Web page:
Could you please describe the evolution and the challenges on the path that led the FEMI Foundation from being the design of a philanthropic family to becoming a professional and strategic organization?
The founders of FEMI, Ruud and Annelies Bakhuizen, started granting NGO’s in a direct way about 30 years ago. They experienced that NGOs, like UNICEF, they choosed to work with were not quite open for re-discussing the way they worked through an entrepreneurial lens – while Ruud and Annelies were looking for an open dialogue so that not only money but also knowledge could be transferred both ways. There seemed to be little flexibility.
In that time Ruud and Annelies were one of the first entrepreneurial philanthropists in the Netherlands and their way of giving grants and sharing knowledge was quite new.
After years of trying but not succeeding in a satisfactory way, they decided to set up their own foundation: FEMI Foundation. It took years to find and build strong relationships with local NGOs in 7 countries in the world. In the years that followed many volunteers joined the organisation to strengthen the activities done by the partners. Ruud and Annelies decided that this was the time to professionalise the organisation so that also in the long run their mental legacy could be secured. A director was hired and procedures were set up with one strong obligation: flexibility and entrepreneurship should not be lost.
What is the Foundation’s approach to social impact assessment?
Our approach is to work in a holistic way for villages, by villagers themselves and through their own initiative. Therefore, each village and partner has its own approach, which mostly entangles lots of activities in different themes like Education, Health, Infrastructure Income generation etc. That is why impact assessments are very difficult to do, and are mostly done by visiting the projects yearly and of course by receiving regularly progress reports. At the moment we are working on a new policy of evaluation and monitoring through Sara Kinsbergen, a professional in this area in The Netherlands and we plan to do research with Effective Giving about the effective impact of our projects.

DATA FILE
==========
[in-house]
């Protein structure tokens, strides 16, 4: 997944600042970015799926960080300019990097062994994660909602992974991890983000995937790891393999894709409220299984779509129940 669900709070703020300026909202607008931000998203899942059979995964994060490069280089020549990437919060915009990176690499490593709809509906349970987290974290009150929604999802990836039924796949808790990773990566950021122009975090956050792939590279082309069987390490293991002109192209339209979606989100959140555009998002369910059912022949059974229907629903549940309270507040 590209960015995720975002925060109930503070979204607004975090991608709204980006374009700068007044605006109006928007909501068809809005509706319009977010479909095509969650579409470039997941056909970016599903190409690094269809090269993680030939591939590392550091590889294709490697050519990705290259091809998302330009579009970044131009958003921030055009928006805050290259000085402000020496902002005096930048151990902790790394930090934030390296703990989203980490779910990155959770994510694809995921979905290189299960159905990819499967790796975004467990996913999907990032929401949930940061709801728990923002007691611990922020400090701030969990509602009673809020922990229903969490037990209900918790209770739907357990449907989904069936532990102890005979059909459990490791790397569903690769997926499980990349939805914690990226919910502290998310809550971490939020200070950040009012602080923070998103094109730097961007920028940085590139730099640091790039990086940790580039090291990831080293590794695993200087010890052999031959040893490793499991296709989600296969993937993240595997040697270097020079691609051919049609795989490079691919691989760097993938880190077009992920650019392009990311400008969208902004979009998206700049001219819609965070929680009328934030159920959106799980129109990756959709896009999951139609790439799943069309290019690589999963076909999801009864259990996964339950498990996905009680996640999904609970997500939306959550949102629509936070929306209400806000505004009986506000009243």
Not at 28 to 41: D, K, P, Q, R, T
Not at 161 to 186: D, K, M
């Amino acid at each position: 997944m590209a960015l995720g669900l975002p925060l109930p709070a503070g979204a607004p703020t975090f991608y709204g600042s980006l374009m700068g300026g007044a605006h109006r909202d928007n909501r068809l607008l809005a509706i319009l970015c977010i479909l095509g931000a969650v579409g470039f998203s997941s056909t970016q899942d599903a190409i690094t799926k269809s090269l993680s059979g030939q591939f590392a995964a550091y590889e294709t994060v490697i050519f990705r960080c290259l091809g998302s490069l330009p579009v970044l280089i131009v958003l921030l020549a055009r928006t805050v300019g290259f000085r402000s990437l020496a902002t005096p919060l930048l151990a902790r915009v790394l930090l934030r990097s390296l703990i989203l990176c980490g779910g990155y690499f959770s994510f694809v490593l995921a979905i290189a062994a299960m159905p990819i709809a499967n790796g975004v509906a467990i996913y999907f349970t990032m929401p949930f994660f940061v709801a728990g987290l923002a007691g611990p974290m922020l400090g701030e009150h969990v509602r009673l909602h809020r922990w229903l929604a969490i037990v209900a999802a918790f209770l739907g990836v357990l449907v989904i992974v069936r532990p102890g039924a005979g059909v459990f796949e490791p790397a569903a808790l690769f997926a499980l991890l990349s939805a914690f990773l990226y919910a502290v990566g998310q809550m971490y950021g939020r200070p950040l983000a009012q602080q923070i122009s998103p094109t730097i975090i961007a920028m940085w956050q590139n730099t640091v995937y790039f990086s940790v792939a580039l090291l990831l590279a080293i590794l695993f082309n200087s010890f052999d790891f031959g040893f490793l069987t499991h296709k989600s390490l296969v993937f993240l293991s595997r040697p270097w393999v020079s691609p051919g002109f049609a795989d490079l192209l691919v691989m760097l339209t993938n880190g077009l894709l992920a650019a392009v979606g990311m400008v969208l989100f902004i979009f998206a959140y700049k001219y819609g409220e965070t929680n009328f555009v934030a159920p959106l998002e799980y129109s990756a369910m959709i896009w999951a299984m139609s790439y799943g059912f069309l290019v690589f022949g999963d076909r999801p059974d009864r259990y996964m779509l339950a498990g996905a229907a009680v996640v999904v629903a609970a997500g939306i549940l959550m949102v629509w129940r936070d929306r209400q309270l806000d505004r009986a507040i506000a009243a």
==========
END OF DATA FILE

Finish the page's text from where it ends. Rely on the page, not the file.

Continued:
You provide grants but also loans and equity through your fund Zero-Kap. Which are the main benefices to go beyond the grant system?
We do soft loans through Zero-Kap while equity and related means with the aim of social impact and independency are implemented through the Social Investment branches of the family business (Hooge Raedt Social Venture). By granting holistic activities in (rural) villages we aim to reach a stronger level of wellbeing. Higher income and stimulating local economy are an important factor in this model. We believe that stimulation of local economy can best be done through loans, and in later stages even equity instead of granting or soft loans. In this way we are able to put in the best means at the right time with the highest impact and most durable results.
Which are the plans for the future and the challenges that lay ahead?
Our plans for the future are to further improve the mechanism of granting/loaning/investing at the right moment. Also we will do more on evaluation and sharing this and our 25 years of built knowledge with our partners. The challenges ahead differ in every country, sometimes it’s the government, sometimes the partner, sometimes the communication within our own organisation. We will meet these challenges all on a handmade manner and have a stray confidence to overcome them and succeeding.